Washington Area Women's Foundation

Makin' the Law: Women, Girls and the New Laws That Go Into Effect on July 1 in Maryland and Virginia

On July 1, hundreds of new laws go into effect in Maryland and Virginia.  While most of the attention during the last legislative session was on laws concerning carrying weapons and speed limits, there are a number that will directly impact the women and girls in both states.  Read on for some of the highlights…

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*A new foreclosure law will keep more families in their homes by requiring lenders to try to negotiate new payment plans.  Governor Martin O’Malley (D) told the Washington Post that the law will put families on “more equal footing with mortgage companies that too often can’t be bothered to pick up a phone before beginning a foreclosure proceeding.”


*The “Kids First Express Lane Eligibility Act” will allow the Maryland Comptroller to use tax returns to identify families with children who may be eligible for Medicaid or the Maryland Children’s Health Program.  The comptroller will share that information with the Department of Health and Mental Hygiene, which will then send application materials to the families.  The new legislation builds on the “Kids First Act of 2008.”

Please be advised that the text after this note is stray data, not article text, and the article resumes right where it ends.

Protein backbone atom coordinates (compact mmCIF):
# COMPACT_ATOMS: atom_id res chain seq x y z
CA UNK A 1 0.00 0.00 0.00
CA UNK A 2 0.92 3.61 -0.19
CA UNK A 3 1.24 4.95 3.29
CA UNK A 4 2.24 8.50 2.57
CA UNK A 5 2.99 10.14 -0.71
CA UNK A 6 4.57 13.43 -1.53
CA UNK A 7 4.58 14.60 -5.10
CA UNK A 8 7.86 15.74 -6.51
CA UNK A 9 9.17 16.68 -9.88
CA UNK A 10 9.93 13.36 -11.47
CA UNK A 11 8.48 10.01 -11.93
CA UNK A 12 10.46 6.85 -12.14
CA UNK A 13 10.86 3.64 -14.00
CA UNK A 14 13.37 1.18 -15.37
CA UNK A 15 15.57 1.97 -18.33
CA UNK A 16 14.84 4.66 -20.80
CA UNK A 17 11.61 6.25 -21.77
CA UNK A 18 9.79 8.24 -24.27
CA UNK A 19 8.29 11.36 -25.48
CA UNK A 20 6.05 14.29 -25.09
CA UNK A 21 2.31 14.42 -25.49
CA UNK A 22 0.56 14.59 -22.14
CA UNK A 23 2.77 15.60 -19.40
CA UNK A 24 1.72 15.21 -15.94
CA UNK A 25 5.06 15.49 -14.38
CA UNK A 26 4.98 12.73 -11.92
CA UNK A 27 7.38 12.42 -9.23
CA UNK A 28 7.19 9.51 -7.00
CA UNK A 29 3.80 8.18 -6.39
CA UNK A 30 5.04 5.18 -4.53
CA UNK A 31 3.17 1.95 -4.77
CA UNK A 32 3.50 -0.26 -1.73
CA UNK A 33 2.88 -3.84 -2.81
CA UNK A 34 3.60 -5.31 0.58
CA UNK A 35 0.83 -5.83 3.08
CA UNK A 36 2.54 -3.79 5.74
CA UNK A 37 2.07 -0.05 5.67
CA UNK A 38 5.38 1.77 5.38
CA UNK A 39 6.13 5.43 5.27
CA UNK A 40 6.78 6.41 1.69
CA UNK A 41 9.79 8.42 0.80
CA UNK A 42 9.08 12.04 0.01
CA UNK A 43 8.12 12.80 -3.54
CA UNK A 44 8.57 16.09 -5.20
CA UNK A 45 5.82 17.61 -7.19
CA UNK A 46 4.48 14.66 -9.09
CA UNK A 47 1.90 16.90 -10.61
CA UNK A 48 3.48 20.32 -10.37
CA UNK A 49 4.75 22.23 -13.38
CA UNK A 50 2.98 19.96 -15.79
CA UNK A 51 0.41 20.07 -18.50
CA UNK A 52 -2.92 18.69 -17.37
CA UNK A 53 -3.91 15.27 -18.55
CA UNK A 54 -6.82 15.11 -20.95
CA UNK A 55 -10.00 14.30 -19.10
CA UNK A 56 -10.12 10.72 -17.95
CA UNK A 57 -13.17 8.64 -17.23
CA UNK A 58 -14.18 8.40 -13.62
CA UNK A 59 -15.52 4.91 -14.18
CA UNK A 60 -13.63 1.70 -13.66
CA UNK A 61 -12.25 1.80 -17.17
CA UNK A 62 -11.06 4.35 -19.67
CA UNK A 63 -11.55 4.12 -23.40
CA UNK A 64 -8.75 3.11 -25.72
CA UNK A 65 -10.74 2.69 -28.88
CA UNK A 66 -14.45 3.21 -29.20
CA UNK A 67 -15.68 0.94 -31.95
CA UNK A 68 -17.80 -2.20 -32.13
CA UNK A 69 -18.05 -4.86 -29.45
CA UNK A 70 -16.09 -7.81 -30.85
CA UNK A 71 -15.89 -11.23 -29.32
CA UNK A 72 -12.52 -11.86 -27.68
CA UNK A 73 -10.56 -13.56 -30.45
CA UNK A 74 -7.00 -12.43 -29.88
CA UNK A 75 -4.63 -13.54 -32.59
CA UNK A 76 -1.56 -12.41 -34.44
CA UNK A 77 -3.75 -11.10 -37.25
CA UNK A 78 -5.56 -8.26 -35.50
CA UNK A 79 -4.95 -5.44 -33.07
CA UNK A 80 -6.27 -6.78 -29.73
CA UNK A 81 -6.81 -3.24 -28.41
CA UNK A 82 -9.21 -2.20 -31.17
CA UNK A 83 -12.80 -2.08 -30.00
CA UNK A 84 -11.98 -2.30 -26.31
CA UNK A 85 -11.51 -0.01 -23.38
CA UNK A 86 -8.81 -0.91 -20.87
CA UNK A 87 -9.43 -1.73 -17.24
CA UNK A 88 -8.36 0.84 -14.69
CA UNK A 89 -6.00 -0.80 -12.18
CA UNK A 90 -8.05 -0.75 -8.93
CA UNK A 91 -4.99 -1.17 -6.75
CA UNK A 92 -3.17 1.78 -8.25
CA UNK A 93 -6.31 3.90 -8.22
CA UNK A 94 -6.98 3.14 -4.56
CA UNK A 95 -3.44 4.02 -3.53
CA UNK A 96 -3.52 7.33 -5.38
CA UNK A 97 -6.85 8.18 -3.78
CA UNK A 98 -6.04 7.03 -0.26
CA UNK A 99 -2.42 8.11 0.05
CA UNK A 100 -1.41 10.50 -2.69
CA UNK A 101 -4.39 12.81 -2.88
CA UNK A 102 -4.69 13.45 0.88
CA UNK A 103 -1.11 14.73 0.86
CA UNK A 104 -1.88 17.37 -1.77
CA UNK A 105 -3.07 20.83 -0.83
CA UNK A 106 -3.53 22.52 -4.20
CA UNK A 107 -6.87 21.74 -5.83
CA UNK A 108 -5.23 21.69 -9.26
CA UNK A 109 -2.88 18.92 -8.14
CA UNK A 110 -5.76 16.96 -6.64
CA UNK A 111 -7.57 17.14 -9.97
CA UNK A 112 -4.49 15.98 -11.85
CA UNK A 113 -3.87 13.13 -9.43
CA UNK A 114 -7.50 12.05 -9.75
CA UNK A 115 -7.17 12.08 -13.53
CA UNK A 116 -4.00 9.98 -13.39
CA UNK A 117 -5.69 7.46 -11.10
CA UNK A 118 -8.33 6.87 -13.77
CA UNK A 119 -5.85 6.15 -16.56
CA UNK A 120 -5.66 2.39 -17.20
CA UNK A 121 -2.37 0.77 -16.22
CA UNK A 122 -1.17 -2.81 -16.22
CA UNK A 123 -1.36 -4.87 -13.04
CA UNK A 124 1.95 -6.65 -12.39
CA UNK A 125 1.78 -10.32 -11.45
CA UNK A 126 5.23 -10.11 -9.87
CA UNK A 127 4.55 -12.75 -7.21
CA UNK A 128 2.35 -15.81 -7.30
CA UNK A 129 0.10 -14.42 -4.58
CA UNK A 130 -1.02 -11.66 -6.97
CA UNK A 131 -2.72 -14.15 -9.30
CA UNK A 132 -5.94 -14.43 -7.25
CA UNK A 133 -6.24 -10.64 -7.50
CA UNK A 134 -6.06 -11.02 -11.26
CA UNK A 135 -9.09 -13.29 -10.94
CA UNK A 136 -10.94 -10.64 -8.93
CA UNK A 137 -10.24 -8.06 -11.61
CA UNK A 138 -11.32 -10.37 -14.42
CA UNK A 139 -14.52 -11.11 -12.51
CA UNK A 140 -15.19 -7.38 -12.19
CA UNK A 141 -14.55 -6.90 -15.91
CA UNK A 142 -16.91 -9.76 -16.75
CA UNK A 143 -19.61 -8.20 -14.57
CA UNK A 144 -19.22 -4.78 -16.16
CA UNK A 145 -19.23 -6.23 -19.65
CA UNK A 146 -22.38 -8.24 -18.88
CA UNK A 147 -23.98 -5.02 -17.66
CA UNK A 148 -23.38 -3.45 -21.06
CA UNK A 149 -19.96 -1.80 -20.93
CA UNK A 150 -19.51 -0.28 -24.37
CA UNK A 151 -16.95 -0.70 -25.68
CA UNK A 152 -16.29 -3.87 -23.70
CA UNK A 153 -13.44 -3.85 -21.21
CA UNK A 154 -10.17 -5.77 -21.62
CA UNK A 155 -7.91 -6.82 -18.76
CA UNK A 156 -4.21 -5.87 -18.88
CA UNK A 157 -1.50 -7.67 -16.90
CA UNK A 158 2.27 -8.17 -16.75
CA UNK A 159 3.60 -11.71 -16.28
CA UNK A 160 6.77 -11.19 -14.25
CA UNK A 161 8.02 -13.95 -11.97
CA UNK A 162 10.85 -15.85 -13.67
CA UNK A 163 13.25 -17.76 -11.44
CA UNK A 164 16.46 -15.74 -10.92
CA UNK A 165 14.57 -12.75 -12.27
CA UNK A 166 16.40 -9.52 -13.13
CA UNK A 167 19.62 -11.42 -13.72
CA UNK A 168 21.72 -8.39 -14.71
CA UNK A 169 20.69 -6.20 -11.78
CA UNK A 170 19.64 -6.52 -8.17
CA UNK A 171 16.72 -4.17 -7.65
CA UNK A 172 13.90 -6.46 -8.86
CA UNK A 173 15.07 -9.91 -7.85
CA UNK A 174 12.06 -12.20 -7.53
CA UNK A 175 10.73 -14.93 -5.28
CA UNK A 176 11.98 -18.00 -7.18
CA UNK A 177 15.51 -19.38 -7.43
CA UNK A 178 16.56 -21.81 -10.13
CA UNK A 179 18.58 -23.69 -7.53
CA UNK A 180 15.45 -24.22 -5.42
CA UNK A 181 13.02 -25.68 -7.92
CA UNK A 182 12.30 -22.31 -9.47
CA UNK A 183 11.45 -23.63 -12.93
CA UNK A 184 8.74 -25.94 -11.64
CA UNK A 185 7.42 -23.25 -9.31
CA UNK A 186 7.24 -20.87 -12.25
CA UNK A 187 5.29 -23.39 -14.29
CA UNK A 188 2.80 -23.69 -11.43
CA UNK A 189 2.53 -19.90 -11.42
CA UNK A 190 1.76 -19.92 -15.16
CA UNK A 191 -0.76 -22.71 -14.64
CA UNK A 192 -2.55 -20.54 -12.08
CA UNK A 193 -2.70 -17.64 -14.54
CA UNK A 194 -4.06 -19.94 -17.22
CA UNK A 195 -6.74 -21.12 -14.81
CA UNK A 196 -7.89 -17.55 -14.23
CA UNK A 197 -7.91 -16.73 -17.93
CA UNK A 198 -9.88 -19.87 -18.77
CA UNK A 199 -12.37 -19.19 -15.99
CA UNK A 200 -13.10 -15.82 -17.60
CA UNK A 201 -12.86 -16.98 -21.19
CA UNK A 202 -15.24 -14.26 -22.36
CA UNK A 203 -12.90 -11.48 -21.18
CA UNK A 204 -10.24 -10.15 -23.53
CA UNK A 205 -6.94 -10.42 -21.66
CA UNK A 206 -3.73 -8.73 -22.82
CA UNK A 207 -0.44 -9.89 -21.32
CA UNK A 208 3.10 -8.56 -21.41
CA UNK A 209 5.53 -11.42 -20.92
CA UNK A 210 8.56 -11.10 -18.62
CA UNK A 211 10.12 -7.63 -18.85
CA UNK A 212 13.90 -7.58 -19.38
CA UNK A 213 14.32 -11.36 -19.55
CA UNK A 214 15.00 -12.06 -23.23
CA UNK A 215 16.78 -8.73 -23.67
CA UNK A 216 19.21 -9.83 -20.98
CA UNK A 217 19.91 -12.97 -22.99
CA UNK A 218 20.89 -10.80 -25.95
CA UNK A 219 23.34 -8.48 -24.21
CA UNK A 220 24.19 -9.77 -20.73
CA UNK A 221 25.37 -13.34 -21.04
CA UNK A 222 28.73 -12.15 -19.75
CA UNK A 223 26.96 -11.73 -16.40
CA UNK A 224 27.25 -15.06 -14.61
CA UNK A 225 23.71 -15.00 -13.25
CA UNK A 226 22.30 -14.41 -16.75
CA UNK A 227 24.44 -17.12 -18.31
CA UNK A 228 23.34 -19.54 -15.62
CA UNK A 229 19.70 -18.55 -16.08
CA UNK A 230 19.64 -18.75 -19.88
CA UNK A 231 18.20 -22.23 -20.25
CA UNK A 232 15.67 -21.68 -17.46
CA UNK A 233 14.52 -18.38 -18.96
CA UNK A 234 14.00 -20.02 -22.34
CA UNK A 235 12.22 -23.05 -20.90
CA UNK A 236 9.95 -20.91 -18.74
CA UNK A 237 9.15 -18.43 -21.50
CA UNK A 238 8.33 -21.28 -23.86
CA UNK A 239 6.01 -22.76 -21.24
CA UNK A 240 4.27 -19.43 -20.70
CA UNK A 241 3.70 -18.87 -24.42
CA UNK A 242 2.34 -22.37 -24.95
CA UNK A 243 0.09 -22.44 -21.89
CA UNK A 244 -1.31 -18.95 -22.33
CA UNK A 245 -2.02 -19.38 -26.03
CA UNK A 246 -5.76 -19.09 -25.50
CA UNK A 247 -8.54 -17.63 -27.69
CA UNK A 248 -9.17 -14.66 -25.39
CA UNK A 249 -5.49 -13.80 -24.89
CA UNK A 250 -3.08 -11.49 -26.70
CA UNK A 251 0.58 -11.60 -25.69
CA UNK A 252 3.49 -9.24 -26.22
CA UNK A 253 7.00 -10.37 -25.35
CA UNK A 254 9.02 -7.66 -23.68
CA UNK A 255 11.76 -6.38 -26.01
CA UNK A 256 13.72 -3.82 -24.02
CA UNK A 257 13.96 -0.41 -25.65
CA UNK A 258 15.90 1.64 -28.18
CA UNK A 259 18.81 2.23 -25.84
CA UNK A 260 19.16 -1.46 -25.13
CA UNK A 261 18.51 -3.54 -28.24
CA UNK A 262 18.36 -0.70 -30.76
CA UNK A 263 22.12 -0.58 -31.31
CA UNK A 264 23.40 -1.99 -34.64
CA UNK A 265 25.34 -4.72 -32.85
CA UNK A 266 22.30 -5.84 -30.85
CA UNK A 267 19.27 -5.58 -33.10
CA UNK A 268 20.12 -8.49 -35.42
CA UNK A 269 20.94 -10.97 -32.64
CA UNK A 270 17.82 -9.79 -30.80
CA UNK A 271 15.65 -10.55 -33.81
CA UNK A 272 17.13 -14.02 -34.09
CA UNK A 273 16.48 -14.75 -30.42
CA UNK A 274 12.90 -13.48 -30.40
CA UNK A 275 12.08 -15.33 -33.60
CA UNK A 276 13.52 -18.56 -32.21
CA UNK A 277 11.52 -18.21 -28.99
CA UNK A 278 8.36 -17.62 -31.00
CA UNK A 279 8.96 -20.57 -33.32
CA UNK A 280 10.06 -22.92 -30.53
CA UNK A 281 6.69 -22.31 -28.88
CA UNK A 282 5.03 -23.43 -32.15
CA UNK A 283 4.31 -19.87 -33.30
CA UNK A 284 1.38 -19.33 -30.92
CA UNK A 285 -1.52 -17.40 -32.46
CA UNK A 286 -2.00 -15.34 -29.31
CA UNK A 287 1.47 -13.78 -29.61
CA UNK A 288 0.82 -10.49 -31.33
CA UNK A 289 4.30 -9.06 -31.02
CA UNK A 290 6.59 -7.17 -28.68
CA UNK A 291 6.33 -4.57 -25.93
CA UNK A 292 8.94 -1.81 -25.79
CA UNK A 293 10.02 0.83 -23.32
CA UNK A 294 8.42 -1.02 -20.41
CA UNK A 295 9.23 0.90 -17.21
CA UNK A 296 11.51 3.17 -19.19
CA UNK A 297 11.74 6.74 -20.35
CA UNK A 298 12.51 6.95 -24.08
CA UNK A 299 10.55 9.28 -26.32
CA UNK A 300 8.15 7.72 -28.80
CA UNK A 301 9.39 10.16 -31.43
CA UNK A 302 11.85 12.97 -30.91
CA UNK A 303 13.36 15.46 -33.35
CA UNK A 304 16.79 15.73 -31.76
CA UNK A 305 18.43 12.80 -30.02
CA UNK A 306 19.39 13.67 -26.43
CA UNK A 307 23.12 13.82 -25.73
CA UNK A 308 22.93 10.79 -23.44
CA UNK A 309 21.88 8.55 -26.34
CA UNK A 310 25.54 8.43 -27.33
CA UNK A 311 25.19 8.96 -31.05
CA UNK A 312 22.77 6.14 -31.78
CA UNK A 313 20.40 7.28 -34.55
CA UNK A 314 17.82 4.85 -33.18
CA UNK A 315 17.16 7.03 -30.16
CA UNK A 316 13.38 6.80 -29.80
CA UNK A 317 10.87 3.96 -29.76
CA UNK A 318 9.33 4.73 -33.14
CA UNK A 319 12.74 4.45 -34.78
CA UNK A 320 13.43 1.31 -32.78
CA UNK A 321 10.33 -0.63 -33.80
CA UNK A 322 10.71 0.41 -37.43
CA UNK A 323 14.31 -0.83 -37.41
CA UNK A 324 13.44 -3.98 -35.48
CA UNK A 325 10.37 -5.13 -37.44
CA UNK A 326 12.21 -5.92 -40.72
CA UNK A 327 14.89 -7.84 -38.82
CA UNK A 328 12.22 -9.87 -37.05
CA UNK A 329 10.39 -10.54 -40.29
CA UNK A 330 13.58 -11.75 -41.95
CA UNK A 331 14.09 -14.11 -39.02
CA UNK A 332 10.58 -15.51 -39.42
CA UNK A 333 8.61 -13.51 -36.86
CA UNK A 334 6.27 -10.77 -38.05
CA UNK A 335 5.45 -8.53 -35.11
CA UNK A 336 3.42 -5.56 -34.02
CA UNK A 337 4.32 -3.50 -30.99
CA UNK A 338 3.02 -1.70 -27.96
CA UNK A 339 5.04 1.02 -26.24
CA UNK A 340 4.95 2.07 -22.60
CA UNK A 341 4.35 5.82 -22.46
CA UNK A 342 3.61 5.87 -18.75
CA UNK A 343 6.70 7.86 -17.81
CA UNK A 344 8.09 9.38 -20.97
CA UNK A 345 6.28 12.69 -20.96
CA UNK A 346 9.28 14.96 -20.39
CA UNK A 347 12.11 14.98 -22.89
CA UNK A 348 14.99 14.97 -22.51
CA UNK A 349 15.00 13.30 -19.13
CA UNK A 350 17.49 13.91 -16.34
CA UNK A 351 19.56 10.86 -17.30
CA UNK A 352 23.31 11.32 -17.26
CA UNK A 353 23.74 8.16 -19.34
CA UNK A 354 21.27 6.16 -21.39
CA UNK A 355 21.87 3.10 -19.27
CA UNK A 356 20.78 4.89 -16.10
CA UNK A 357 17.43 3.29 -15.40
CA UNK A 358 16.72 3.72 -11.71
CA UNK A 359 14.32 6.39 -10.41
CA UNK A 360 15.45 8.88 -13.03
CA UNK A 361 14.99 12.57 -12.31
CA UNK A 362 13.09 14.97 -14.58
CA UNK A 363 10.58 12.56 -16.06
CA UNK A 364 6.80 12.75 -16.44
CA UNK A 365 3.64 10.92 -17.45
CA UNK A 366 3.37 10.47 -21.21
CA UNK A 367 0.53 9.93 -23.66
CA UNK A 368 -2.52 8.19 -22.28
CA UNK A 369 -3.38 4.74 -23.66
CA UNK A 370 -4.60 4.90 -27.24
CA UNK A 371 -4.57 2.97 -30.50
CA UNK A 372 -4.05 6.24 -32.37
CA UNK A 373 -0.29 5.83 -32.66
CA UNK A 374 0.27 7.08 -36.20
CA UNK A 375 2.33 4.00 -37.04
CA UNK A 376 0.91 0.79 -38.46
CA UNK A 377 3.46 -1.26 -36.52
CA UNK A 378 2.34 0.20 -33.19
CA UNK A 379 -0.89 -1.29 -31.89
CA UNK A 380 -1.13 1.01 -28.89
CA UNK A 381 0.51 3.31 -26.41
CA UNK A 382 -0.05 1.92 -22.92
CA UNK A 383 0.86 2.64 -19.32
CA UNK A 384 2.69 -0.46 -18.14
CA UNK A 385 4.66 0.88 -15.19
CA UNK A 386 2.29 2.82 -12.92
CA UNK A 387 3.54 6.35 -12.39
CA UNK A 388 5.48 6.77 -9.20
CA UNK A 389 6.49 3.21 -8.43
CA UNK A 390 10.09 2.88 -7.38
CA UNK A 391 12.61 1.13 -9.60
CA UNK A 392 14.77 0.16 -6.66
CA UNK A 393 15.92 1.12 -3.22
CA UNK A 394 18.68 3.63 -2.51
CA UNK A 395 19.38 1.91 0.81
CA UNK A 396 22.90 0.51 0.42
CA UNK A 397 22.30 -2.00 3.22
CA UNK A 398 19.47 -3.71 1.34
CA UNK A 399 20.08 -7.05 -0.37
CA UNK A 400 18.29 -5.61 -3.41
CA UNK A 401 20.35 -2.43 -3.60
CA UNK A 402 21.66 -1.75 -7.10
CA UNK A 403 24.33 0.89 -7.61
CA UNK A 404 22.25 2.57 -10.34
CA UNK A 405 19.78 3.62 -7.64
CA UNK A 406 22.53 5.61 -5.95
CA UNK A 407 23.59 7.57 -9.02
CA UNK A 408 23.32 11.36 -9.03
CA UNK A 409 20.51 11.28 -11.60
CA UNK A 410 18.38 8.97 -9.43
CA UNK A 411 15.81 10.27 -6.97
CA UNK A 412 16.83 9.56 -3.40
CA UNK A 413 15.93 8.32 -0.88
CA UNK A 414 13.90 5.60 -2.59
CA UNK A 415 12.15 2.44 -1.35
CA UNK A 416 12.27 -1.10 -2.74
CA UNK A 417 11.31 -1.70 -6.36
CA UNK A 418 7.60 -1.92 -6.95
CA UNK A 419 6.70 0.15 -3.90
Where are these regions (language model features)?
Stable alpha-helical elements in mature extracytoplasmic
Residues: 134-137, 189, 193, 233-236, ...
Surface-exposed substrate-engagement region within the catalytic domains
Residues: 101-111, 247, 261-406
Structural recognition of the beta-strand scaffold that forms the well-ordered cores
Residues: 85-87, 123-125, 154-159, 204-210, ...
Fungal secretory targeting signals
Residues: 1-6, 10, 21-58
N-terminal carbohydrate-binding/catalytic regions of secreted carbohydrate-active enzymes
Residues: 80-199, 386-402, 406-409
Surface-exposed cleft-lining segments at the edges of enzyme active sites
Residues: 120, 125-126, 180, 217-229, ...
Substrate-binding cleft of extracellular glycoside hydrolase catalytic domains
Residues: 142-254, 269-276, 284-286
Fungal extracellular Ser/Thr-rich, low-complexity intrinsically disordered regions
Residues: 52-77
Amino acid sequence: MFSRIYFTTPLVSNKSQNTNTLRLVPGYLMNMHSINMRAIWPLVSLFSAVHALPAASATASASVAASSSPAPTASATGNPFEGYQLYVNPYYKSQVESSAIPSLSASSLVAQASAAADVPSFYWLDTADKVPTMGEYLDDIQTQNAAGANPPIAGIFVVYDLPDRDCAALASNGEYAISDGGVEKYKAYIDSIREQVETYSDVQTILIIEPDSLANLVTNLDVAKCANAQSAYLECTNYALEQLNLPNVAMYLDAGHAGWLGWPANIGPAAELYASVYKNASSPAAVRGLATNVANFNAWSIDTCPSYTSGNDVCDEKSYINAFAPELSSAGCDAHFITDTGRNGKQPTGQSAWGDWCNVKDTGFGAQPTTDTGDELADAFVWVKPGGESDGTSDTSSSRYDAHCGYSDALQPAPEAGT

*The state has established a Tuition Stabilization Trust Account in the Higher Education Investment Fund that will help stabilize tuition for resident students at public universities and colleges.  The legislation also limits tuition increases to a “percent not to exceed the increase in the 3-year rolling average of the state’s median family income.”  The bill was written, in part, because “Maryland has fallen from the 6th highest public tuition state in the nation to a current ranking of 17th.

*The state cut funding to programs for disruptive children in Maryland public schools.



*Domestic violence victims will be able to extend protective orders obtained in cases of family abuse or stalking.  Protective orders can be extended for two years and there is no limit on the number of extensions that can be requested.

Public Supports

*New legislation allows Temporary Assistance for Needy Families (TANF) applicants to continue to receive financial support payments to which they are entitled, either on their own behalf or on behalf of a family member, prior to beginning to receive TANF.


*Residents convicted of nonpayment of child support will need certification from the Department of Social Services to renew a driver’s license or end the suspension of a license that was suspended because of nonpayment.  The law also establishes the option of home or electronic incarceration of a person convicted of nonpayment of support.

*Courts will now be able to appoint vocational experts to conduct evaluations in child and spousal support cases where the earning capacity, unemployment or underemployment of an individual is being disputed.


*Virginia residents will not be required to obtain or maintain individual health coverage with certain exceptions.


*A special license plate law authorizes the issuance of a number of plates, including one that reads “Trust Women / Respect Choice.”  Last year, “Choose Life” plates became available to drivers in Virginia.